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Old 12-21-2006, 10:57 AM   #1
Robert Diggs
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Mounting problem VFAT FS


Hey Gang,

I'm having a problem mounting a partition. It's a fat32 partition, 50GB. I have a dualboot setup with XP SP2 and Suse 10.0. I'm trying to setup a partition that can be used by both OSes (they both have their own storage as well). I was going to use Windows, but it doesn't format using fat32 anymore. I went into SUSE and created the 50GB partition and then I went to format it and the status bar came up and then it came up with a -3030 error and would not do it. I tried fiddling around with it and put a mount point of /dev/hda6/mnt/c (I have a book that said a folder of /mnt/c needs to be created before a drive can be mounted) and I hit 'apply' and a status bar came with 0% and then went away. Now it shows up in My Computer and when I drag the mouse over it, it says "unmounted," so I go into Konsole as root and attempt to mount it. IT then says that mtab says it's already mounted. I tried tinkering around with it some more, but to no avail. Any help is much appreciated.

Thanks,

Brandon
 
Old 12-21-2006, 11:30 AM   #2
camorri
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I think most of your problem is the partition is not formatted yet. You should be able to format it in windoze, see 'help format' from a command prompt in windoze. The command FORMAT volume /FS:file-system should allow you to specify FAT32. At a command prompt in windoze type 'format D:/ FS:FAT32'. The drove letter will be different depending on your partitioning in windoze.

Once formatted, you should be able to mount the partition in linux. Here is what my /etc/fstab entries look like.

Code:
cat /etc/fstab | grep vfat
/dev/hda1 /mnt/win_c vfat umask=0,iocharset=iso8859-15,codepage=850 0 0
/dev/hda5 /mnt/win_d vfat umask=0,iocharset=iso8859-15,codepage=850 0 0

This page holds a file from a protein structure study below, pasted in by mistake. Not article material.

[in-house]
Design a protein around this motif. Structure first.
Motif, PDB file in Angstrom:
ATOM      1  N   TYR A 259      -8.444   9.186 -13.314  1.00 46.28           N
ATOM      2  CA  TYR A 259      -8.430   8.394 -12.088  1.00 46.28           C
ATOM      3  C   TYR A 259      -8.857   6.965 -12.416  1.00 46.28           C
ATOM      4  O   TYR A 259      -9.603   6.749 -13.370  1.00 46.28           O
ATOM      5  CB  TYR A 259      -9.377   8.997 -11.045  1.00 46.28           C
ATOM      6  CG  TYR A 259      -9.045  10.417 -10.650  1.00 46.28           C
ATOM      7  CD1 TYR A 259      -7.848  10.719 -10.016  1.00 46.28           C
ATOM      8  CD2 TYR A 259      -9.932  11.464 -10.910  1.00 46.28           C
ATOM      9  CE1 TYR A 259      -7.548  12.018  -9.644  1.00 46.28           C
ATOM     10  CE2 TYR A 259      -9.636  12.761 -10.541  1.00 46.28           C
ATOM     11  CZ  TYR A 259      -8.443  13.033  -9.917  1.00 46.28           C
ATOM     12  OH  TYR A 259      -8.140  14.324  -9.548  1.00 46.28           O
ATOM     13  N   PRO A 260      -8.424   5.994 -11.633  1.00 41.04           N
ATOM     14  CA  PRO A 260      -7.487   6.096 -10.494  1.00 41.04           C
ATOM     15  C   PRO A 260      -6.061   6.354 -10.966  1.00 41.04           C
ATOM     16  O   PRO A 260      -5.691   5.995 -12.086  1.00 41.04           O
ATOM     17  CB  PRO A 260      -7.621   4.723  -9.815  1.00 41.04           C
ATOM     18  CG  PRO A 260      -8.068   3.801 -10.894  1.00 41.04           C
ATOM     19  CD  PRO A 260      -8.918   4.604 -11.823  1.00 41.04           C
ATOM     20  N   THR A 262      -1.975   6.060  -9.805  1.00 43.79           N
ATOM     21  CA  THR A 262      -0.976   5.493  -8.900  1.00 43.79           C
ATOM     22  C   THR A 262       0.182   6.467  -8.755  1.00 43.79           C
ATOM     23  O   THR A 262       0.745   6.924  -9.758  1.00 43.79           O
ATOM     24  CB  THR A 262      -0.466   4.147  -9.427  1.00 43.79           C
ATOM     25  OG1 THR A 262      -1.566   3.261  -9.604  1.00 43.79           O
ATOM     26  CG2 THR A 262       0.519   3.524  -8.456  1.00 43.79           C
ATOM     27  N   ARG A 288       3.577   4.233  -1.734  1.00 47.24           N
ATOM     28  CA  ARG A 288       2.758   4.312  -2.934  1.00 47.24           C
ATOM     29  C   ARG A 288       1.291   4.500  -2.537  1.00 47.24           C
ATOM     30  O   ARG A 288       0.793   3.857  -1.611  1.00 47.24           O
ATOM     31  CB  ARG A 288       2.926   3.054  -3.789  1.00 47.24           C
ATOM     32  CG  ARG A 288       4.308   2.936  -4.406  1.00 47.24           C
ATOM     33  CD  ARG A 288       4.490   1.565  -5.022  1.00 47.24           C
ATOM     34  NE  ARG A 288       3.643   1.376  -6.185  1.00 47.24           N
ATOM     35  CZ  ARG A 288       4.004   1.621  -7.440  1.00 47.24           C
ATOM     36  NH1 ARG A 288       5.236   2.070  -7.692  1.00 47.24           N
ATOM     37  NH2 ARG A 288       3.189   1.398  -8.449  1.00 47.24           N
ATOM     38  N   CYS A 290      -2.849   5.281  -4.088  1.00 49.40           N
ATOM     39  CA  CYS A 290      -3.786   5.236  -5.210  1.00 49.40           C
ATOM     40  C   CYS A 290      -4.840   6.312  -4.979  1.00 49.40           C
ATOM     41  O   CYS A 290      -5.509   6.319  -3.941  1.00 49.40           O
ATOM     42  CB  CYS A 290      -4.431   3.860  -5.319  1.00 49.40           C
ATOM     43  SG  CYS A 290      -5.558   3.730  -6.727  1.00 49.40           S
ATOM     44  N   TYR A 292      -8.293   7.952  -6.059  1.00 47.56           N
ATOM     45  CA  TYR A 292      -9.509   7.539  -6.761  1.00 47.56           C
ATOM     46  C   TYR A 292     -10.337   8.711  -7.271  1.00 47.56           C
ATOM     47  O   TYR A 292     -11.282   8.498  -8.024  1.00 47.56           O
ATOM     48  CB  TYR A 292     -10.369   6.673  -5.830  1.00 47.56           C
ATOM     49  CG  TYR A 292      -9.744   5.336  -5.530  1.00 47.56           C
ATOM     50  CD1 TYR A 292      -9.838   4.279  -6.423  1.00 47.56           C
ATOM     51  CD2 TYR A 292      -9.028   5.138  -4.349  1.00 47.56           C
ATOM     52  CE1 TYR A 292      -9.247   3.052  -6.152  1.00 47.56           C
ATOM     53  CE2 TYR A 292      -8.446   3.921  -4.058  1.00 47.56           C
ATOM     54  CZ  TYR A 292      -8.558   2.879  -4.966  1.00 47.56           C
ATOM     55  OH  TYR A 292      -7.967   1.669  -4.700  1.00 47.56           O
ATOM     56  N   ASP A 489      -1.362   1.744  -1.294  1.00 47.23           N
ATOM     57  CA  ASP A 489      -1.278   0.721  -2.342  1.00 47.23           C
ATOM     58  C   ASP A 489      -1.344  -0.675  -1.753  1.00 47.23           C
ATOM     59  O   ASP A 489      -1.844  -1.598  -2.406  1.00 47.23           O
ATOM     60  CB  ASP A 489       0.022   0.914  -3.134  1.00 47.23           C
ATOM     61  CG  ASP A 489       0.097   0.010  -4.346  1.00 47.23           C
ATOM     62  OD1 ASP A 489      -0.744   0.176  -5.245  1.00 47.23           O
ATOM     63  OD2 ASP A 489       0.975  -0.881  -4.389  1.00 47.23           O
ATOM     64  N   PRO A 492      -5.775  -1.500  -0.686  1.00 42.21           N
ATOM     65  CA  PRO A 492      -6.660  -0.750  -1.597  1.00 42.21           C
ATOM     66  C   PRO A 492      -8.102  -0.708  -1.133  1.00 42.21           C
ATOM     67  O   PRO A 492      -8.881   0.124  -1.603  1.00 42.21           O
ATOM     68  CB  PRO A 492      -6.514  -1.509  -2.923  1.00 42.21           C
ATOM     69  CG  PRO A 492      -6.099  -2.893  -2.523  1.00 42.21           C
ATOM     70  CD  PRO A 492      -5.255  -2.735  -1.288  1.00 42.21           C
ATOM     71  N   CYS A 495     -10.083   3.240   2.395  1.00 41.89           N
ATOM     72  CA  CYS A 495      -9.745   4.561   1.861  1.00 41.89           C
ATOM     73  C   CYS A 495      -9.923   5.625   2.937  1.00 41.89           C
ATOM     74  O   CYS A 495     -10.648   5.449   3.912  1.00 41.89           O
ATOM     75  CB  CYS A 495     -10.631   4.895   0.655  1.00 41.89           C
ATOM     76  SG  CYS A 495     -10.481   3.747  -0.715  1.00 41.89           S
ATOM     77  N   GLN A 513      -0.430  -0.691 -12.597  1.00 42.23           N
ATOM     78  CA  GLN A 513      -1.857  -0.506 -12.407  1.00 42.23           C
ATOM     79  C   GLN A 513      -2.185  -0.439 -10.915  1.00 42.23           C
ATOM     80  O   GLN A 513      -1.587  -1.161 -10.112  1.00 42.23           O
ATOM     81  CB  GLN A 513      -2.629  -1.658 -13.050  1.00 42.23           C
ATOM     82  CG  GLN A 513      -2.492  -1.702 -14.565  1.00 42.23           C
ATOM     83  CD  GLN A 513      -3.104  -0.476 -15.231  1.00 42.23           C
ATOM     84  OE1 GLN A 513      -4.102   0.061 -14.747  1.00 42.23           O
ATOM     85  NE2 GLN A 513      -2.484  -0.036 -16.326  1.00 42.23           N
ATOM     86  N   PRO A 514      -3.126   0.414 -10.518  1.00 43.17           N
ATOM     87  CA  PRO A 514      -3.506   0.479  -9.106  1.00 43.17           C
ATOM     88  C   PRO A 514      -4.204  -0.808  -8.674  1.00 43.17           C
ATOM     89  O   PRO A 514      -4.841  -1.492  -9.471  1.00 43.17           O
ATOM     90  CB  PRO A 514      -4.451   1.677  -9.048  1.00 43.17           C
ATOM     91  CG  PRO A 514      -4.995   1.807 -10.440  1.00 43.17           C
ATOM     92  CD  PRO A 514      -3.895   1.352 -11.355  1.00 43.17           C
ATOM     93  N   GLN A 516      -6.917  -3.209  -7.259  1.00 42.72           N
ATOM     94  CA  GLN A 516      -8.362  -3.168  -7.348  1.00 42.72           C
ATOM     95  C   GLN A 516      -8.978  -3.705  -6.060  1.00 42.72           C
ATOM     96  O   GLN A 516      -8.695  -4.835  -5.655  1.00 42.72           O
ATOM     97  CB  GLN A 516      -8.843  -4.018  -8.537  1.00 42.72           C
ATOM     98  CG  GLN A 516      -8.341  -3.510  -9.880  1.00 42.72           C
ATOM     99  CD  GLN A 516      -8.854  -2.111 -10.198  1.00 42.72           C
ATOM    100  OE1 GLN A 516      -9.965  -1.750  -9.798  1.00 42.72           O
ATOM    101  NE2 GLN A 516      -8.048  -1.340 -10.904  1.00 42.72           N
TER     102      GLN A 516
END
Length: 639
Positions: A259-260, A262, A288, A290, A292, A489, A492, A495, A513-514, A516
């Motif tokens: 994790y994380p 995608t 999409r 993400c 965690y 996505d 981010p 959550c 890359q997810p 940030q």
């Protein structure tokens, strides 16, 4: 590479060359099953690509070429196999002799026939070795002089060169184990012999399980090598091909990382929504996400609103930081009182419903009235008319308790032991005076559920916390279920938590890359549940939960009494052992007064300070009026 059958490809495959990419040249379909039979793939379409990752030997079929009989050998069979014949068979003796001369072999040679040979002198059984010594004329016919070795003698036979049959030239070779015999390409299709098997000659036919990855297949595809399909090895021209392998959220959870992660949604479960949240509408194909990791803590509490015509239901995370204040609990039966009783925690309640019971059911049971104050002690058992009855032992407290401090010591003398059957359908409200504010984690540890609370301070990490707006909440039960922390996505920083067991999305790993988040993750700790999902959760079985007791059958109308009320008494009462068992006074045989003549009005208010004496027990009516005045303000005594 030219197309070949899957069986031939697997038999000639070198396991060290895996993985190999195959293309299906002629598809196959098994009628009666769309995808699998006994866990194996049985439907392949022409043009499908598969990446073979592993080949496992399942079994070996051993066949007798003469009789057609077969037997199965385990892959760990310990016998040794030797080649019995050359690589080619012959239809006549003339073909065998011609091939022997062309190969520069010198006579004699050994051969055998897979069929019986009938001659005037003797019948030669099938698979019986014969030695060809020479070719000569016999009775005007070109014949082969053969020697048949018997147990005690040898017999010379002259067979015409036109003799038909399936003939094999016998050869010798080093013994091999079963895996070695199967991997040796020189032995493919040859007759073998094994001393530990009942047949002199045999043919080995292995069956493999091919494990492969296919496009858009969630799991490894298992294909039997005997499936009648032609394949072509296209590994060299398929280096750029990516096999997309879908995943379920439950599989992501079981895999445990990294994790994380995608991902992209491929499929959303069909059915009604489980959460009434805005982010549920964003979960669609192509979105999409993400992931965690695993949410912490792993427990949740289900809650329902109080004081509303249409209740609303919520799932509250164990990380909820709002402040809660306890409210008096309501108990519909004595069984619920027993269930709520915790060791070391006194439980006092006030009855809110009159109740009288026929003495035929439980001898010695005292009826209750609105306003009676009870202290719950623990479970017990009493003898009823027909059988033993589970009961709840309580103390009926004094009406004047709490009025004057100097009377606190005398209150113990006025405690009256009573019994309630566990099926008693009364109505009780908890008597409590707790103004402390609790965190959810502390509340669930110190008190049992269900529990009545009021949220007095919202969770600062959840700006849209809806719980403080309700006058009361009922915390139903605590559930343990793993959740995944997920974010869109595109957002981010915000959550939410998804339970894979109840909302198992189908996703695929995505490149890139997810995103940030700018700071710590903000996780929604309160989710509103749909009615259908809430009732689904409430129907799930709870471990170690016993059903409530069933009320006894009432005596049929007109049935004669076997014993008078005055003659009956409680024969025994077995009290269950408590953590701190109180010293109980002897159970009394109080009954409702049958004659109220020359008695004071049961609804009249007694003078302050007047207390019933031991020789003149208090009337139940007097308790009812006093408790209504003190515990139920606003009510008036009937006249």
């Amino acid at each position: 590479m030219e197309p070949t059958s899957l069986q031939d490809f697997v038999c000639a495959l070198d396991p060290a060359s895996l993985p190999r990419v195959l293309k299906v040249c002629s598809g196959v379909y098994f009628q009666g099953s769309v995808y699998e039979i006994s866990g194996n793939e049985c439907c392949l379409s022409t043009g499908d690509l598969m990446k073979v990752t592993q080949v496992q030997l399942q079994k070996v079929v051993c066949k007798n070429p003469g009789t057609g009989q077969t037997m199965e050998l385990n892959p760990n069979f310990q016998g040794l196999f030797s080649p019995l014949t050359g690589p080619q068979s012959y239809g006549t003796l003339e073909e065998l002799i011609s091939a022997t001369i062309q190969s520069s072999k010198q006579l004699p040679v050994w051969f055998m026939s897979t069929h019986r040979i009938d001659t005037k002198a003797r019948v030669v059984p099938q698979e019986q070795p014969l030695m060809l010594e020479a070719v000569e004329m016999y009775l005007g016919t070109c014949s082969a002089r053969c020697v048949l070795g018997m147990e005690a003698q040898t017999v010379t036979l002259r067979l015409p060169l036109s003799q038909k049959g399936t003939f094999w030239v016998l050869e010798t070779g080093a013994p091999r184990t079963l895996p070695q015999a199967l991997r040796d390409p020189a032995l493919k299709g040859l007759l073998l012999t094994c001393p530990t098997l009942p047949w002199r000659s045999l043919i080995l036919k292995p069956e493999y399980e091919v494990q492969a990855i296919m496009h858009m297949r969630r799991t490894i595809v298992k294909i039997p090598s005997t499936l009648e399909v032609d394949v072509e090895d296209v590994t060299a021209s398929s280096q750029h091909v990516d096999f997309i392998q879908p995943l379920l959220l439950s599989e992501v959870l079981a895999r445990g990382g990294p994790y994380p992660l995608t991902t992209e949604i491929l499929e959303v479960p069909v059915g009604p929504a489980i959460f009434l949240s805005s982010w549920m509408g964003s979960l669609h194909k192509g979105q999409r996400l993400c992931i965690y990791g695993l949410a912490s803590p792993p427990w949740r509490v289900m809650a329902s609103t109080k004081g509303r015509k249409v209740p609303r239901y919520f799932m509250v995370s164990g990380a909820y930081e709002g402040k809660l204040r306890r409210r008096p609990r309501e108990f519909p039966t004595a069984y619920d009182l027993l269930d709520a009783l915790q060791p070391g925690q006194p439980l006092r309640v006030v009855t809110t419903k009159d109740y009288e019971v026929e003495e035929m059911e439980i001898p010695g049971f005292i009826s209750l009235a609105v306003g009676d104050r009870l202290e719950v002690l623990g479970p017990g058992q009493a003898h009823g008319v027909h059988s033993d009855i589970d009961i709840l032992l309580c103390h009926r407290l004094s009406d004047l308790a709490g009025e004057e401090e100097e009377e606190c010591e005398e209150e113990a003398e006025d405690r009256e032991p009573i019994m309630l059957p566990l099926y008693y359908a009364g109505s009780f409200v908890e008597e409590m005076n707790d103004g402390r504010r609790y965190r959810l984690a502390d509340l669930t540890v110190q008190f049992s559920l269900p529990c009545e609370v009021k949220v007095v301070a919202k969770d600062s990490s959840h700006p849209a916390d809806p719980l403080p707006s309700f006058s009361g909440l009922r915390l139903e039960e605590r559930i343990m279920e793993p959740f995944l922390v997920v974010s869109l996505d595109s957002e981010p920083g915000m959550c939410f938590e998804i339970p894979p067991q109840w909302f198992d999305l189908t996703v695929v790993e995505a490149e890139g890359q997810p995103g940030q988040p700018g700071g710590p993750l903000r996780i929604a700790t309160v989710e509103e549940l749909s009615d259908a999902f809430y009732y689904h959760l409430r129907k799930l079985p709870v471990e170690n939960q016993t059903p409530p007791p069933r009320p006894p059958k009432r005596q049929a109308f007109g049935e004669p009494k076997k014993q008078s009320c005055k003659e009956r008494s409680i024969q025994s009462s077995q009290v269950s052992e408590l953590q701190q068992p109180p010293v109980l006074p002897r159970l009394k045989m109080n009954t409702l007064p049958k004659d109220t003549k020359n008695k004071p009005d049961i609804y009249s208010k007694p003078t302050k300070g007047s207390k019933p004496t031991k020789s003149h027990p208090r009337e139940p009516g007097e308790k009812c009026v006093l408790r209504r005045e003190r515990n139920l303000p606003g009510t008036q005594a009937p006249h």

You are correct, you do need to make mount points before you can mount the partition. You will have to change the /dev/hdaX to match your system, and mount point to match the one you create.
 
Old 12-21-2006, 12:28 PM   #3
Robert Diggs
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Is it just me or does it seem like it's a little useless to have the partitioner in Linux for a Windows file system? Maybe it's there for show?

Let me explain this back to you just to make sure that I get it so I can do it when I get home. I understand the Windows part. I forgot that I can use DOS to format it with a FAT32FS. I got pretty fond of the GUI. Linux will whip me into shape though with Shell. So, after format I'll go back into Linux (which should recognize the partition already?) It would be HDA7, that is the next in line. Now, I would start a new Shell as root, do the mount command: mount /dev/hda7/mnt/c? Or would it be mount /dev/hda6/mnt/c because hda6 is the drive where the root is for Linux? That's the part that I'm confused about, I don't know where to mount it. Also, where do I create the mount point? Within HDA6? I think that's where it is, bt I'm really not sure.

After that is all said it done. Is there a way to automatically mount it every single time Linux boots? Sorry if I'm asking such stupid questions. I've had only for a week and I'm really out of my element with Shell.

Thanks a trillion,

Brandon